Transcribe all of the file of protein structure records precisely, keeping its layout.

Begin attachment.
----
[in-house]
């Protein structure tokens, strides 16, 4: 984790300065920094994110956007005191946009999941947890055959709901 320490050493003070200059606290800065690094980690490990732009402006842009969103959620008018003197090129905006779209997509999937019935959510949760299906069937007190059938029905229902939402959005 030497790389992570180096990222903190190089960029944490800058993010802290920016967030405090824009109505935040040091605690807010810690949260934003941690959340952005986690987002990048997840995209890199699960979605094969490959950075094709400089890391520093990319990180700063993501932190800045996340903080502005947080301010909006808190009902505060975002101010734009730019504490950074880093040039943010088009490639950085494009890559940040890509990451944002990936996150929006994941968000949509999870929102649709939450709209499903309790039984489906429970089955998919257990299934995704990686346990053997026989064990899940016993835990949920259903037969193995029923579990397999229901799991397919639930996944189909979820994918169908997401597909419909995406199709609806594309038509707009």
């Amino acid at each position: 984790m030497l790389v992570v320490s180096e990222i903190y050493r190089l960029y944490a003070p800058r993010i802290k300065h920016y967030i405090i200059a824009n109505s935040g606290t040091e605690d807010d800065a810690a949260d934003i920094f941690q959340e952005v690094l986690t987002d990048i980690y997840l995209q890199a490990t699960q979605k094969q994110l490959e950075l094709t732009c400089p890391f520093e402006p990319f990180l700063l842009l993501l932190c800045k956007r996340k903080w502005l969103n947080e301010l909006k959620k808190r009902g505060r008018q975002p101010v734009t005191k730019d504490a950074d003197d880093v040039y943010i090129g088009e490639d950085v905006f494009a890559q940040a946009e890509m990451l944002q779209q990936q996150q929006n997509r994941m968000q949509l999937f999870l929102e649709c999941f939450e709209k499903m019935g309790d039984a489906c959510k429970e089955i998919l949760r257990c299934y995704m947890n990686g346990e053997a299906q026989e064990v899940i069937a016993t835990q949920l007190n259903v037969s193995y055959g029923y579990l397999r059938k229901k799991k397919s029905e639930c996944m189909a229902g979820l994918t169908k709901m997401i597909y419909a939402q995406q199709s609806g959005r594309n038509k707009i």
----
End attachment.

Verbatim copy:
[in-house]
């Protein structure tokens, strides 16, 4: 984790300065920094994110956007005191946009999941947890055959709901 320490050493003070200059606290800065690094980690490990732009402006842009969103959620008018003197090129905006779209997509999937019935959510949760299906069937007190059938029905229902939402959005 030497790389992570180096990222903190190089960029944490800058993010802290920016967030405090824009109505935040040091605690807010810690949260934003941690959340952005986690987002990048997840995209890199699960979605094969490959950075094709400089890391520093990319990180700063993501932190800045996340903080502005947080301010909006808190009902505060975002101010734009730019504490950074880093040039943010088009490639950085494009890559940040890509990451944002990936996150929006994941968000949509999870929102649709939450709209499903309790039984489906429970089955998919257990299934995704990686346990053997026989064990899940016993835990949920259903037969193995029923579990397999229901799991397919639930996944189909979820994918169908997401597909419909995406199709609806594309038509707009």
């Amino acid at each position: 984790m030497l790389v992570v320490s180096e990222i903190y050493r190089l960029y944490a003070p800058r993010i802290k300065h920016y967030i405090i200059a824009n109505s935040g606290t040091e605690d807010d800065a810690a949260d934003i920094f941690q959340e952005v690094l986690t987002d990048i980690y997840l995209q890199a490990t699960q979605k094969q994110l490959e950075l094709t732009c400089p890391f520093e402006p990319f990180l700063l842009l993501l932190c800045k956007r996340k903080w502005l969103n947080e301010l909006k959620k808190r009902g505060r008018q975002p101010v734009t005191k730019d504490a950074d003197d880093v040039y943010i090129g088009e490639d950085v905006f494009a890559q940040a946009e890509m990451l944002q779209q990936q996150q929006n997509r994941m968000q949509l999937f999870l929102e649709c999941f939450e709209k499903m019935g309790d039984a489906c959510k429970e089955i998919l949760r257990c299934y995704m947890n990686g346990e053997a299906q026989e064990v899940i069937a016993t835990q949920l007190n259903v037969s193995y055959g029923y579990l397999r059938k229901k799991k397919s029905e639930c996944m189909a229902g979820l994918t169908k709901m997401i597909y419909a939402q995406q199709s609806g959005r594309n038509k707009i």